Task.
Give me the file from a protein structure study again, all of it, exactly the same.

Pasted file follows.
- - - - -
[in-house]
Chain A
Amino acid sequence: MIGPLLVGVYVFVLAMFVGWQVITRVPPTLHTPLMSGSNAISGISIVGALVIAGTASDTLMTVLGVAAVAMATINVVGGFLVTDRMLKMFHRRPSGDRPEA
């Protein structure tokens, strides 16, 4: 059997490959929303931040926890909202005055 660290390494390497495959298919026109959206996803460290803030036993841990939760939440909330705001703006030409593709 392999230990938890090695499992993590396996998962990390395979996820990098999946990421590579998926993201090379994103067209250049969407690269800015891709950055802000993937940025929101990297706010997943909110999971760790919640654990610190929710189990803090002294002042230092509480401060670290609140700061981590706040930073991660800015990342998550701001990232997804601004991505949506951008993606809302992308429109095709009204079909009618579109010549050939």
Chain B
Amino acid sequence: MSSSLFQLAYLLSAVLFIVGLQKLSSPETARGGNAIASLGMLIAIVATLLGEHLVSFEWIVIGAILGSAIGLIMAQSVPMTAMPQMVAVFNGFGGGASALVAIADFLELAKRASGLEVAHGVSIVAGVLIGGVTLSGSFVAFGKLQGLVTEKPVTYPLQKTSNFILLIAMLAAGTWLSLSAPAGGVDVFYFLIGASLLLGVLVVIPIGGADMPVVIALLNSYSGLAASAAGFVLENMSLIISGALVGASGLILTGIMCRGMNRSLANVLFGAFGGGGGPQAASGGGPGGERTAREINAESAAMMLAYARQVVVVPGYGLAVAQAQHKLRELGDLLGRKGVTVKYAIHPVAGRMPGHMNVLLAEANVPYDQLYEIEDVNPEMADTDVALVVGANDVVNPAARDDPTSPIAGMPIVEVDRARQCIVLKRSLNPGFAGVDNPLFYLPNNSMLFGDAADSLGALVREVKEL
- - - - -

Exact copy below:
[in-house]
Chain A
Amino acid sequence: MIGPLLVGVYVFVLAMFVGWQVITRVPPTLHTPLMSGSNAISGISIVGALVIAGTASDTLMTVLGVAAVAMATINVVGGFLVTDRMLKMFHRRPSGDRPEA
């Protein structure tokens, strides 16, 4: 059997490959929303931040926890909202005055 660290390494390497495959298919026109959206996803460290803030036993841990939760939440909330705001703006030409593709 392999230990938890090695499992993590396996998962990390395979996820990098999946990421590579998926993201090379994103067209250049969407690269800015891709950055802000993937940025929101990297706010997943909110999971760790919640654990610190929710189990803090002294002042230092509480401060670290609140700061981590706040930073991660800015990342998550701001990232997804601004991505949506951008993606809302992308429109095709009204079909009618579109010549050939």
Chain B
Amino acid sequence: MSSSLFQLAYLLSAVLFIVGLQKLSSPETARGGNAIASLGMLIAIVATLLGEHLVSFEWIVIGAILGSAIGLIMAQSVPMTAMPQMVAVFNGFGGGASALVAIADFLELAKRASGLEVAHGVSIVAGVLIGGVTLSGSFVAFGKLQGLVTEKPVTYPLQKTSNFILLIAMLAAGTWLSLSAPAGGVDVFYFLIGASLLLGVLVVIPIGGADMPVVIALLNSYSGLAASAAGFVLENMSLIISGALVGASGLILTGIMCRGMNRSLANVLFGAFGGGGGPQAASGGGPGGERTAREINAESAAMMLAYARQVVVVPGYGLAVAQAQHKLRELGDLLGRKGVTVKYAIHPVAGRMPGHMNVLLAEANVPYDQLYEIEDVNPEMADTDVALVVGANDVVNPAARDDPTSPIAGMPIVEVDRARQCIVLKRSLNPGFAGVDNPLFYLPNNSMLFGDAADSLGALVREVKEL